The option to scout the map ahead is very useful, as I found out on my own. For instance, when landing on a random “minor accident” cell, I discovered that my wallet had been lost along with the sum of 1000 virtual money. Therefore, in order to avoid unpleasant incidents like this one or even miss important tournaments, you must plan ahead.
The mini-games are quite diverse and even fun at first, but after playing them for a while (at least ten times each) they tend to get boring. You'll be able to shoot clay targets, score soccer goals, collect eggs, flip cards for poker hands, play in heavy wind, explode bombs, place walls, and collect coins.
One of the things that bring a drop of realism is the condition bar. After a game, a charity event, a publicity work or a practice, the ball will drop and you'll have to use rest stops or rest tickets to recover from fatigue, which would negatively impact in-game performance.
You'll also have access to a club and its shop (Kit Catalogue), where you can buy different player outfits, change accessories and rackets. From here, one can also change the partners for the double games.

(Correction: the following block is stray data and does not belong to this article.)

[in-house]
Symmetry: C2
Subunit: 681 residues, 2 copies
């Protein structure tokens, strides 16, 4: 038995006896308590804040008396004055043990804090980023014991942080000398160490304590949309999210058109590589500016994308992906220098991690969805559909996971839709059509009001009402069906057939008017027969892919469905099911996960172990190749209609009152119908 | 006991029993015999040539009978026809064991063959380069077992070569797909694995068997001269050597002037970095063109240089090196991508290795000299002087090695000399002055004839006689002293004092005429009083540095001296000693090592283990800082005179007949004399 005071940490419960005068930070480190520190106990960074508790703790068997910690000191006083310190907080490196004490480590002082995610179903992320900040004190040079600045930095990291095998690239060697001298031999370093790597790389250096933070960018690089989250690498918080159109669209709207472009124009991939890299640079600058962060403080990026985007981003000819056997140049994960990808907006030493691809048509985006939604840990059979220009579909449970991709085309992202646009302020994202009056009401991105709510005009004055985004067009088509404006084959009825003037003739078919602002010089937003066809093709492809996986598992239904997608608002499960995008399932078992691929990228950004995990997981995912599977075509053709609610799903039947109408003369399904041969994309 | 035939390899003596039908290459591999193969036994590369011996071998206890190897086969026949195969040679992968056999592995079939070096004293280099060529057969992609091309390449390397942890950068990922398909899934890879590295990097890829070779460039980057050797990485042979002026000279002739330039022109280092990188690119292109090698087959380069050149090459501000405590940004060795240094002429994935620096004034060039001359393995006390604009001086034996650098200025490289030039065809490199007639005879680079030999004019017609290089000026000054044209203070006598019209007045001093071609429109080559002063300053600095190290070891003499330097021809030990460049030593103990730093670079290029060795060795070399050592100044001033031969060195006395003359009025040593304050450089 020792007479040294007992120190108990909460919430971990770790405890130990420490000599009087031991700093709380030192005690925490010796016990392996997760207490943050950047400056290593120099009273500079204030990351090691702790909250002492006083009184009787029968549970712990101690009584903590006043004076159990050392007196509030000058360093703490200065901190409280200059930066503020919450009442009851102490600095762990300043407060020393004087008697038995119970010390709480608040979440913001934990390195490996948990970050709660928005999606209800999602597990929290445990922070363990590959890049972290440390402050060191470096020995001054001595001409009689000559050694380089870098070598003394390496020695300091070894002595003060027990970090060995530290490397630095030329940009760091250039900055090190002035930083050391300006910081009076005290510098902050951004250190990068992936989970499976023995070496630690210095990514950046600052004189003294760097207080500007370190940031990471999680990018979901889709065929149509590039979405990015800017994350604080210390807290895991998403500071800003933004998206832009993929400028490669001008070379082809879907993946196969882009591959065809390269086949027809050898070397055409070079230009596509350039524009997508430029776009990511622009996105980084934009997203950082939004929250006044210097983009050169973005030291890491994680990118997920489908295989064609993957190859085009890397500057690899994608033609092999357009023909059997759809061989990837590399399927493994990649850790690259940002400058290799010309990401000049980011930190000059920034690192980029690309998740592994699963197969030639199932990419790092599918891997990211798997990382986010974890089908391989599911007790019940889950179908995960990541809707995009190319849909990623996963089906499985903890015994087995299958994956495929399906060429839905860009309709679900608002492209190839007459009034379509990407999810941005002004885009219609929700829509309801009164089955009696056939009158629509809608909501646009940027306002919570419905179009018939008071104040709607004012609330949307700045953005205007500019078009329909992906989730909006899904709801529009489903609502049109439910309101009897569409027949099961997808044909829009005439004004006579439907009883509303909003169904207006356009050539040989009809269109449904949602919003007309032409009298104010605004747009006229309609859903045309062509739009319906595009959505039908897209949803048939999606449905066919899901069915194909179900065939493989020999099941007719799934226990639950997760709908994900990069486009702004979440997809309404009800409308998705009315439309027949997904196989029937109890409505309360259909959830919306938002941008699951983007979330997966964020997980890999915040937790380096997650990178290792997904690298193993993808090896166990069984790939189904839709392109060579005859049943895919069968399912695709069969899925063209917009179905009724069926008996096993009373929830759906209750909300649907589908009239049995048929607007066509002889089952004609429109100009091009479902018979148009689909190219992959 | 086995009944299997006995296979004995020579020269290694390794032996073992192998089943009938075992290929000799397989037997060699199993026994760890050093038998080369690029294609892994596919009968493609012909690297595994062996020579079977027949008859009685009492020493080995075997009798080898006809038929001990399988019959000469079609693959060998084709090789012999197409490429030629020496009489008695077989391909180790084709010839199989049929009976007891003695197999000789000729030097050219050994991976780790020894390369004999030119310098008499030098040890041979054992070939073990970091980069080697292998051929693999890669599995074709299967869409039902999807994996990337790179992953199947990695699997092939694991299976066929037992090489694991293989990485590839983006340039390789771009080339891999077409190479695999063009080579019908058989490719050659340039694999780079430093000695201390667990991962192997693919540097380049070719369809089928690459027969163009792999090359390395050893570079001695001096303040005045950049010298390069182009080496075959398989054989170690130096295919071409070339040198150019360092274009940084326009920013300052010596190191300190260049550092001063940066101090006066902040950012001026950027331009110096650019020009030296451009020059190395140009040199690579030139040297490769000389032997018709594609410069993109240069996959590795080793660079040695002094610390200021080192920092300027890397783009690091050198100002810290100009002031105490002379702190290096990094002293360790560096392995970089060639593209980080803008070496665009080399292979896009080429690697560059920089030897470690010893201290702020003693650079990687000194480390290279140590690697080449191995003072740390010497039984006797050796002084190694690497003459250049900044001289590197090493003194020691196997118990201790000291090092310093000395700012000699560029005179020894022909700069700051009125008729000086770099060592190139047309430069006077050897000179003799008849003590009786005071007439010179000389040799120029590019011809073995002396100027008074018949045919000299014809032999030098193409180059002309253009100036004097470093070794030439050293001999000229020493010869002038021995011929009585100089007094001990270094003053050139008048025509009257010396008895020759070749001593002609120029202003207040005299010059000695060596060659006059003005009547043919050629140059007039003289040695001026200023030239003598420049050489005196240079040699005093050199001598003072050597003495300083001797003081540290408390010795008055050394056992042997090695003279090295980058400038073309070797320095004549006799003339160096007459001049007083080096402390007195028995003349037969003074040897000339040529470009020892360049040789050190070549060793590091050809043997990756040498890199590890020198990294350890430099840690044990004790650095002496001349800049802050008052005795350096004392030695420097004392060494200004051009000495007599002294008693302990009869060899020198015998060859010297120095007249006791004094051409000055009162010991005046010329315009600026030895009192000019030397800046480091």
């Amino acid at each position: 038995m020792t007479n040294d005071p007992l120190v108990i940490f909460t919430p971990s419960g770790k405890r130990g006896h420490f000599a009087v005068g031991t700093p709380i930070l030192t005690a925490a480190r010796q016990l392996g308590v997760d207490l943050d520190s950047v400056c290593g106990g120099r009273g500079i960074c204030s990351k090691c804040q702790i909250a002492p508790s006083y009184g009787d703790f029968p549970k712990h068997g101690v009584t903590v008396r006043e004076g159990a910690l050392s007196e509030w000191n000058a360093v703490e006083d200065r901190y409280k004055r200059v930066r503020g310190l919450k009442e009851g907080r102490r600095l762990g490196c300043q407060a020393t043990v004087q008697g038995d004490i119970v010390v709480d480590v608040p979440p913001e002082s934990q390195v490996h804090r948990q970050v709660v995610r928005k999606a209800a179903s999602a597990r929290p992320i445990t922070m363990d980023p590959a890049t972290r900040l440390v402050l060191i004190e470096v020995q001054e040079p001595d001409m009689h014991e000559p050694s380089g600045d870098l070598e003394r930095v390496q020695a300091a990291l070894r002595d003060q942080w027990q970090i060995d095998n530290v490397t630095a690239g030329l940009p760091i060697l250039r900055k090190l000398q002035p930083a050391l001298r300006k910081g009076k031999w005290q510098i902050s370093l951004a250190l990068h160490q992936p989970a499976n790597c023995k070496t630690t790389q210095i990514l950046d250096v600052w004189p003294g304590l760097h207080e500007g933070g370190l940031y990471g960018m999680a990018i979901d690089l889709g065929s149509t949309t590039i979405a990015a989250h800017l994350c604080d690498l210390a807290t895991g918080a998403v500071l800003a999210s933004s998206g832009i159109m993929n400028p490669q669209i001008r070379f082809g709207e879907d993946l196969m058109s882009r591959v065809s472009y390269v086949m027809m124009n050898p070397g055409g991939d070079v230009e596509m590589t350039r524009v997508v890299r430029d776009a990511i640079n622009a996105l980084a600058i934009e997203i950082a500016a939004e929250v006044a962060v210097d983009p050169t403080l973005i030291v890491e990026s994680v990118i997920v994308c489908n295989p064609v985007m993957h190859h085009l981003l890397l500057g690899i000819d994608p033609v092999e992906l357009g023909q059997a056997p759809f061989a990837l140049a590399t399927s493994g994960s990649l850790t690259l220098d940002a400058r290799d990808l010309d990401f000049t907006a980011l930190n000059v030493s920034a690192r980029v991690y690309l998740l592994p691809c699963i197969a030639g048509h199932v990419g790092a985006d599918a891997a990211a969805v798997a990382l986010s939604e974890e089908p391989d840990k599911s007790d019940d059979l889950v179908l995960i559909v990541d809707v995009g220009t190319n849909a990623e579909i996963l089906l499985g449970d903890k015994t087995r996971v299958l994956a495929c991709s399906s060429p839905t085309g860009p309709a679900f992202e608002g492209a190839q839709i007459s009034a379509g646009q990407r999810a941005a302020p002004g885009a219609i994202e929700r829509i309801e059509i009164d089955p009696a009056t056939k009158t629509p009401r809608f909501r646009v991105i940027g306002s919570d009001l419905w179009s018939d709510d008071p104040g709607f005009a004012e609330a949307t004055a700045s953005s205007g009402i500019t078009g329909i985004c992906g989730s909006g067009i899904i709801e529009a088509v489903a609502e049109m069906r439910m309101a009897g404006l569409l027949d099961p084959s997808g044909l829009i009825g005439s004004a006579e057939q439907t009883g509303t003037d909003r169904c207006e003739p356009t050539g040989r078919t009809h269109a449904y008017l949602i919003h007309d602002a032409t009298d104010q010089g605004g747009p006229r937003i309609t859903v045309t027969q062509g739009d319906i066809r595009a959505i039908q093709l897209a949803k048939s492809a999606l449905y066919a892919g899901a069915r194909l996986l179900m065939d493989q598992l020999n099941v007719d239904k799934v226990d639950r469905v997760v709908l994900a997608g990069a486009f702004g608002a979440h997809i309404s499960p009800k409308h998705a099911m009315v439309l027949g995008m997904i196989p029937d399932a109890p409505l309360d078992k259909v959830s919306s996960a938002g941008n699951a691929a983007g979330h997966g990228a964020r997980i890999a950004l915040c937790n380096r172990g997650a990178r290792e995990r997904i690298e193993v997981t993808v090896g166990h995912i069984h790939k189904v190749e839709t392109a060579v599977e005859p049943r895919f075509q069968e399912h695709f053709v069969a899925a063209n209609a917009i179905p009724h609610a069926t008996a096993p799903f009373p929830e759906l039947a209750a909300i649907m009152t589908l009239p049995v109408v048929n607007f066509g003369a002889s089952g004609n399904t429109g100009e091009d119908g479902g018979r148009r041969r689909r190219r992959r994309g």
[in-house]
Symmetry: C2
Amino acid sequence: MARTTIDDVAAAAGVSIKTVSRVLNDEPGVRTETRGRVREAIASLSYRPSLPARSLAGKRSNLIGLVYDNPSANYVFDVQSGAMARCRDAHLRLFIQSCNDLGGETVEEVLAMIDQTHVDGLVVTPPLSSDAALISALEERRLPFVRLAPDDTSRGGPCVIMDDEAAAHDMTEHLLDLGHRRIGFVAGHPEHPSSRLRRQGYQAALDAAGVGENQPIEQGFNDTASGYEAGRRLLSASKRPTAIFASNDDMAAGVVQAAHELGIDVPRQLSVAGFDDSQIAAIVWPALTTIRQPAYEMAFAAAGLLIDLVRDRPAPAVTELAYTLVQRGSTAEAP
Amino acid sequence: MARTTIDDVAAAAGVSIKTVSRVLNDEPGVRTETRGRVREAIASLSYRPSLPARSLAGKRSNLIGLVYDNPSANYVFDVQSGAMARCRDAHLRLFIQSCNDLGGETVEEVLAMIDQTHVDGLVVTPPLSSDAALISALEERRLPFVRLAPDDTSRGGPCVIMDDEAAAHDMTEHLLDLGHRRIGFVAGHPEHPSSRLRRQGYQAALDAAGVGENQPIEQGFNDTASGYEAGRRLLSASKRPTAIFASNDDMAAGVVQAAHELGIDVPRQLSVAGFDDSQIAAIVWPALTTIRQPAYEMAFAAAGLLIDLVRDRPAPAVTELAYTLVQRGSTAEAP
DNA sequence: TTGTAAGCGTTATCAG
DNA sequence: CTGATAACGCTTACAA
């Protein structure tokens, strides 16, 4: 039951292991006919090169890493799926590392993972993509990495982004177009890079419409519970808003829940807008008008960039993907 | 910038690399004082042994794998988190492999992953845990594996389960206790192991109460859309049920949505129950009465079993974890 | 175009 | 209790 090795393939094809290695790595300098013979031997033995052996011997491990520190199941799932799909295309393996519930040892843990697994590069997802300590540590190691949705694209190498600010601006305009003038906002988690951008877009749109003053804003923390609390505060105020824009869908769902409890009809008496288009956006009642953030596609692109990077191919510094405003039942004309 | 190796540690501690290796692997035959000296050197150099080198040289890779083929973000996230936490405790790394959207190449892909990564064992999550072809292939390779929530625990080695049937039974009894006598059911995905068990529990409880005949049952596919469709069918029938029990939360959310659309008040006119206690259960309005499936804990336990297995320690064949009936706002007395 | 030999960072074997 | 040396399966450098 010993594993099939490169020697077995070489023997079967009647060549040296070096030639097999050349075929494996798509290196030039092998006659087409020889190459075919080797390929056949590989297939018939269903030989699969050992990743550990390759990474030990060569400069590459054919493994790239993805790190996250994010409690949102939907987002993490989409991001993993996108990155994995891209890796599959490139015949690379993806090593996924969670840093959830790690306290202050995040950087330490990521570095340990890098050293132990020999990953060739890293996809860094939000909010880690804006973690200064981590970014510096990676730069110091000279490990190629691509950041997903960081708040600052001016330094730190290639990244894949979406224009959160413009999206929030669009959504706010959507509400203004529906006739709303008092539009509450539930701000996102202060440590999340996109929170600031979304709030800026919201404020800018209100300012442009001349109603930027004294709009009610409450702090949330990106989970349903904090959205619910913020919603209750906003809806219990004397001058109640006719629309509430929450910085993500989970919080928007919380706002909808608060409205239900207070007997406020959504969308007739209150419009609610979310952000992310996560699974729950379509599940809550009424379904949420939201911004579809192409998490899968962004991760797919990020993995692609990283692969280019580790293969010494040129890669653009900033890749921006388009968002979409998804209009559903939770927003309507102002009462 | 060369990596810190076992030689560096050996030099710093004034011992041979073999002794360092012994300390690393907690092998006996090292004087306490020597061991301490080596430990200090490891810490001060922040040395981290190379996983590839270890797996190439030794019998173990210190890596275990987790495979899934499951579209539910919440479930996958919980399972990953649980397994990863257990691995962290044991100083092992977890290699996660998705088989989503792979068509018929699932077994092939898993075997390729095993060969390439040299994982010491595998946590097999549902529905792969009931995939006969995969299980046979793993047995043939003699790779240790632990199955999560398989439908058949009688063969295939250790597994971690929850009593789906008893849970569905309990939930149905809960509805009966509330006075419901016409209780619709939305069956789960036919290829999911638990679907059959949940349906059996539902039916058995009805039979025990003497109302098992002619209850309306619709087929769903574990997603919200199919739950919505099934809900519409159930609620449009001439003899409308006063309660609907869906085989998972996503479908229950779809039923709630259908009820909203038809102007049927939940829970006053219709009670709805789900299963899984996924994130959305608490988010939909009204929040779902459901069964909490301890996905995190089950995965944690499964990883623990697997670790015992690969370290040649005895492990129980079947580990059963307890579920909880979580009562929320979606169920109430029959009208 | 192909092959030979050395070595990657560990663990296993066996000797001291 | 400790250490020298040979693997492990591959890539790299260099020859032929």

The third and most important aspect in the club is the play lesson option from where players can select the most appropriate style for their character.
I found the World Tour mode to have adequate rising difficulty that is well paced, though there is little reason to play it again, as the game progresses in the same manner (except for the fact that you can participate on other, different events the next time around).
In Arcade mode, you'll have to work your way through the various famous current tennis stars and, if you’re lucky, you will get to play either King or Duke in the last round. The Arcade and the Exhibition modes are basically the same; the only difference standing between them is that in the latter you can choose who to play against.
The computer-controlled opponents perform well at each difficulty level. In the first games, opponents will flub on shots and will give various powerful return opportunities, while later in the game, AI characters will often land shots in hard to reach spots. Audio and Video